Depending on your dog’s health needs, there are also non-NSAID medications that can help relieve pain. “Your vet can talk to you about the best options for your individual dog,” says Meindl.

There are also some homemade alternatives to pain relievers that you can try with your dog. Meindl recommends a few options:

  • For acute injuries, icing with a bag of frozen vegetables or an ice pack covered with a thin towel can help, Meindl says. It’s best if you do this for about five minutes at a time.
  • Heat can help with a chronic injury, Meindl says, but there are a few safety guidelines to keep in mind:
  1. “Never put a heating pad on a dog because they can’t communicate that it’s too hot and they can easily burn themselves,” says Meindl.
  2. Instead, microwave a damp cloth until it’s warm to the touch, place the cloth in a plastic bag, and apply it to the affected area for five minutes, Meindl says.
  3. A gentle massage can also help with the pain.

The Effects of Ibuprofen on Dogs


Like aspirin, ibuprofen is a nonsteroidal anti-inflammatory drug (NSAID). All of these drugs can cause stomach irritation, and while they can be beneficial, there are no guidelines for administering painkillers purchased for humans to animals.

Ibuprofen can damage the lining of your stomach, leading to ulcers, and in higher doses, it can cause kidney failure.

Very high doses can cause central nervous system (CNS) problems, including depression, seizures, and coma. As a rule, however, this painkiller causes gastrointestinal problems, which manifest themselves in vomiting, diarrhea, and abdominal pain.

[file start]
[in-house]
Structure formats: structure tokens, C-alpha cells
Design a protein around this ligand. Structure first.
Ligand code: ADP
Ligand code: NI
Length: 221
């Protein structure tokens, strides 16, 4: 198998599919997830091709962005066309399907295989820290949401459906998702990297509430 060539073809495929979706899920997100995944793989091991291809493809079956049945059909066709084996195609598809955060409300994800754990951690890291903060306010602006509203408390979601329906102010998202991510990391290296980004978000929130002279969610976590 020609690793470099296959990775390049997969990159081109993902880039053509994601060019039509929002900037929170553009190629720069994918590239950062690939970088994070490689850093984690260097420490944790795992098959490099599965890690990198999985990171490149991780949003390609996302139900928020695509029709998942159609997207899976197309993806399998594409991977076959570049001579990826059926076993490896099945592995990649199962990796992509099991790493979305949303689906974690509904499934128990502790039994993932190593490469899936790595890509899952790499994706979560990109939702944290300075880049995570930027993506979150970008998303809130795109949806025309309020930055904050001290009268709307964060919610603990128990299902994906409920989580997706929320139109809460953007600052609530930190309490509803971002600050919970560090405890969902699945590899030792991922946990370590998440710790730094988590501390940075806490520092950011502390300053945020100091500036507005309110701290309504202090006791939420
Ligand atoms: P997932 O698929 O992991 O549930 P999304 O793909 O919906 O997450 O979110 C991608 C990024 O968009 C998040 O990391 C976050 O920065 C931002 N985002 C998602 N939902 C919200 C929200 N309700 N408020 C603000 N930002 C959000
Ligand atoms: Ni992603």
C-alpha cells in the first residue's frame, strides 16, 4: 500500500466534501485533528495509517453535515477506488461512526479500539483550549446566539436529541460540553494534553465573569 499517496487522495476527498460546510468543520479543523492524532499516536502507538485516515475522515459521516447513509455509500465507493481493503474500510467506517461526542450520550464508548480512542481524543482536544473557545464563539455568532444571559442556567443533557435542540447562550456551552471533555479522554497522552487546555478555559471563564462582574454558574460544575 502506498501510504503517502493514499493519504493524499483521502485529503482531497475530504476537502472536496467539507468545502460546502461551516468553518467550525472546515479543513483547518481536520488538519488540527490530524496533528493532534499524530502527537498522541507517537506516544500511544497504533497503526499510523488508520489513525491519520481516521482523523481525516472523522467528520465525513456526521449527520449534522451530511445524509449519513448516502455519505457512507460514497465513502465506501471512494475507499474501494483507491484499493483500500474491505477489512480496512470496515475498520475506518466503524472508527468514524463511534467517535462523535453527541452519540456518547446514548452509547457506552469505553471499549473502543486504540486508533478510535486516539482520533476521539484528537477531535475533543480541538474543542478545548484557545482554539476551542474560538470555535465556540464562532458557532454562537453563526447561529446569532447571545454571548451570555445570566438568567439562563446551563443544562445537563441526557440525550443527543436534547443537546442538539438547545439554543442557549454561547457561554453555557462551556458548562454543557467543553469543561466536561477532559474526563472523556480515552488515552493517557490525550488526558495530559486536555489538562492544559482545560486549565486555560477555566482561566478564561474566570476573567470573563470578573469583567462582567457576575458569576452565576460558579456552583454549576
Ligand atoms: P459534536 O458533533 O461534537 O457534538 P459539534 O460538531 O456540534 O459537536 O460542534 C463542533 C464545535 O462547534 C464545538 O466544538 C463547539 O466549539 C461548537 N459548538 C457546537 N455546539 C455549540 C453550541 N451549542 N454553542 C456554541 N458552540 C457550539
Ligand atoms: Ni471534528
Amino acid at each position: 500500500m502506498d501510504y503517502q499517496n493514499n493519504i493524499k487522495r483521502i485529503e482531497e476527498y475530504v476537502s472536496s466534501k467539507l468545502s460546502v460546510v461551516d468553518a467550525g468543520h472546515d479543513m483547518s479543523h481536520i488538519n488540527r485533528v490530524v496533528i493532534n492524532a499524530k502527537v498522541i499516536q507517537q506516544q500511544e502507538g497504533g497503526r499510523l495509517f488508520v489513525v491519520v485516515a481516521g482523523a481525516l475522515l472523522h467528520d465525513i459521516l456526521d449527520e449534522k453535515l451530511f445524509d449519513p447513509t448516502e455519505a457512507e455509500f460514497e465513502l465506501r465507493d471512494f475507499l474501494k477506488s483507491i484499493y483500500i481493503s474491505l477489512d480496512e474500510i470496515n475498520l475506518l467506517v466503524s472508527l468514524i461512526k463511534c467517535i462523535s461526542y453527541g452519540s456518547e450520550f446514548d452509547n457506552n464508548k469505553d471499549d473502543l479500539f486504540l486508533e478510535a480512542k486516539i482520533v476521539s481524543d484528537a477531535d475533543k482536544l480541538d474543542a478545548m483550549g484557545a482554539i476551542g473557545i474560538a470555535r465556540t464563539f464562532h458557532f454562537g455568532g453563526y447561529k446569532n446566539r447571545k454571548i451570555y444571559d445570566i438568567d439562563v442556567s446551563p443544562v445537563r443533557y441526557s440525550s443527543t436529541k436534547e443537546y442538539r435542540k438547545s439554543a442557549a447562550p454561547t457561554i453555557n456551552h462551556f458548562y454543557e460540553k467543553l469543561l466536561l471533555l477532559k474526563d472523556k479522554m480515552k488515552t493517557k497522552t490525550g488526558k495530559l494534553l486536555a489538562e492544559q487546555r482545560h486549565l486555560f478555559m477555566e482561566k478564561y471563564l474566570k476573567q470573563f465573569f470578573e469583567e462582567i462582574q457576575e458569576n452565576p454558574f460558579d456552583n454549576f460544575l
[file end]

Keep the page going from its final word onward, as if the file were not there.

READ MORE: Why do dogs have wet noses and cold as well as dry ones?

Treatment of ibuprofen poisoning

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If a dog or other pet has ingested ibuprofen, either accidentally or because it was administered by a well-meaning owner, the animal should be taken to a veterinarian immediately. Various treatments can then be carried out.

Vomiting can be induced to remove the pain reliever and activated charcoal can be administered to absorb the drug and prevent it from entering the animal’s body. Medications may also be given to protect the stomach and intestines from damage. If treatment is timely, the dog usually recovers.

READ MORE: Piroxicam: Uses, Side Effects, Dosages, Precautions

Alternatives to ibuprofen


If you’re looking to relieve your dog’s pain and anxiety, there are natural alternatives to dog pain relief.

Pain Management for Dogs


When a dog shows signs of pain, it is important to determine the cause. As such, the animal should be taken to a veterinarian who can examine it for injuries or illnesses that may require further medical attention.